Safe Harbor partnered with the Uganda Ministry of Health (MoH) since 1998 to provide both primary and specialized care, investing substantially in infrastructure and human resources. Through God's provision, we built a maternity and children's ward, operating theater, HIV/AIDS clinic, solar panel energy system, and drilled a bore hole for community access to water. We maintained several health staff, including a physician's assistant, several nurses, and health support staff. In 2010, Safe Harbor treated 20,000+ outpatients and 2,000+ inpatients; conducted 22,000+ lab investigations; and treated 2,000+ eye conditions.
The health program has since been transitioned to Calvary Chapel Midigo, which was established as a local NGO.
Safe Harbor's health care programs were focused on the following specialized services:
Safe Harbor's overwhelming priority was placed upon pregnant women and infants. This was accomplished primarily through community awareness programs, pre and post natal care, deliveries, and C Section operations for at risk pregnancies.
The latest data reveased that approximately 70% of our clinic's patients traveled further than the required 3 miles walking distance in order to receive care. During the rainy season, patients are further hindered by adverse road conditions. Safe Harbor's objective was to reach those in need who are unable or too sick to travel to the clinic, with an emphasis upon pregnant women and children. Safe Harbor is currently targeted 7 communities, including: Mijale, Kilaji, Pingo, Matu, Giwaya, Aligo, and Osubira. We hope to expand this program will continue to be expanded under CC Midigo.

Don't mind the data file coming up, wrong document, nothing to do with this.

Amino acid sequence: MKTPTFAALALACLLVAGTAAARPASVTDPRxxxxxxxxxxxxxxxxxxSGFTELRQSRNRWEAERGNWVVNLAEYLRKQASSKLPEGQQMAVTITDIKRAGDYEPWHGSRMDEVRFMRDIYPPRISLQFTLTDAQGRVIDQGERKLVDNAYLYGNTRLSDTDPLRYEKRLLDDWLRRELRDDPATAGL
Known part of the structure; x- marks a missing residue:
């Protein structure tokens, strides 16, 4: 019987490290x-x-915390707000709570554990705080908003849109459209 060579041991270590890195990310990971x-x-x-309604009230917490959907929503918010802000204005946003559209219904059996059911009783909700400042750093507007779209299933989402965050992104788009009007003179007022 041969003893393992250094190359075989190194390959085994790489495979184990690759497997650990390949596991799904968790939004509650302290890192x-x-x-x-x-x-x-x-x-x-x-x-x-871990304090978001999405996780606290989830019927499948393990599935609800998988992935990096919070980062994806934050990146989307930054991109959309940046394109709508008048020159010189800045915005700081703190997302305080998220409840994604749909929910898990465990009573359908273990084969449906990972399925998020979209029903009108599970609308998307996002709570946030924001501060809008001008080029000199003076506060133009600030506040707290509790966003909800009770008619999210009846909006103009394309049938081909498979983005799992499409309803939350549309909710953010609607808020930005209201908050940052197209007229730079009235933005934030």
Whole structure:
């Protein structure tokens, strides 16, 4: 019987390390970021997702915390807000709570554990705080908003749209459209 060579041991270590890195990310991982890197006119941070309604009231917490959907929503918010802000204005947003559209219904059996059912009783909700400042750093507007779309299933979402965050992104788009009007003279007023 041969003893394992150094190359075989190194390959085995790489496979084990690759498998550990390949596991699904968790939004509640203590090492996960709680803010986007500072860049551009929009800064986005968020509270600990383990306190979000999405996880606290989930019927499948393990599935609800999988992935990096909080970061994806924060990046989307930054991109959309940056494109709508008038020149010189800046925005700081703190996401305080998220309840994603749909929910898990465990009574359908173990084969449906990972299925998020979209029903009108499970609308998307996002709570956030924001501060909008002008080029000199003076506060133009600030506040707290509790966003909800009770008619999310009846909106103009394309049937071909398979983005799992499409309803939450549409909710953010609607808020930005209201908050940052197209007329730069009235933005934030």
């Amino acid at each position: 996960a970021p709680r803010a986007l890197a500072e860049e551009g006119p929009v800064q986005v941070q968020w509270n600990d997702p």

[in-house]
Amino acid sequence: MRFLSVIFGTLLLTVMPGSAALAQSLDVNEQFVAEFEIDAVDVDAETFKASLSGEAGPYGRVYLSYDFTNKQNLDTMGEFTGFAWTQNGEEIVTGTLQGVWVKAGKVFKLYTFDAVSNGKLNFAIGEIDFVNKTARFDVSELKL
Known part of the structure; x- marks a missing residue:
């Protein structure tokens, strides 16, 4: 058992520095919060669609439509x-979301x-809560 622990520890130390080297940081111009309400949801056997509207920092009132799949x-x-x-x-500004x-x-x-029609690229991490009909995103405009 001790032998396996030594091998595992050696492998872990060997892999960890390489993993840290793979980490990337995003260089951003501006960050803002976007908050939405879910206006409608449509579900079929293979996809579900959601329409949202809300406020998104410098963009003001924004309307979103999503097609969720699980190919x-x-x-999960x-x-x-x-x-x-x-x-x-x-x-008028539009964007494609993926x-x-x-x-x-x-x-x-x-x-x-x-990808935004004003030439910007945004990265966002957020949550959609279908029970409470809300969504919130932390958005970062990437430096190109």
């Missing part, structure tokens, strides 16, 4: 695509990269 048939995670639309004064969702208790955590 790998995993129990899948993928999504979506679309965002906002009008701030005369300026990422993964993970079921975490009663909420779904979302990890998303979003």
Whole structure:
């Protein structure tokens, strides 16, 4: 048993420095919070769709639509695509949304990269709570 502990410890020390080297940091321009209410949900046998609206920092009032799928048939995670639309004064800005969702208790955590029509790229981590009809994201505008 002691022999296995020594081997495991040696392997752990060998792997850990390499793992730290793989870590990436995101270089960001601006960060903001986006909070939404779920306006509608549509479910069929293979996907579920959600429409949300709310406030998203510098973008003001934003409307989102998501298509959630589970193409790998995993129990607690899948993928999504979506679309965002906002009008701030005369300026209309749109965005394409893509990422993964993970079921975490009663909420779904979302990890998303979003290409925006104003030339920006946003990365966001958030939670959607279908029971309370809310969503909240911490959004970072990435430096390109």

Safe Harbor's HIV/AIDS care project offered spiritual and medical counseling services, HIV/AIDS treatment, and nutritional supplementation. Additionally, Safe Harbor provided HIV infected children with supplemental milk nutrition and septrin syrup prophylaxis. We hope that services can be expanded to include a home-based project for Persons Living with HIV/AIDS.
Safe Harbor offered operative care to a region where such services were previously unknown or too difficult to obtain.
Since investing into the local health sector, we have seen substantial progress over major public health indicators in Midigo Sub-County. However, there is still much to be accomplished in reaching health targets.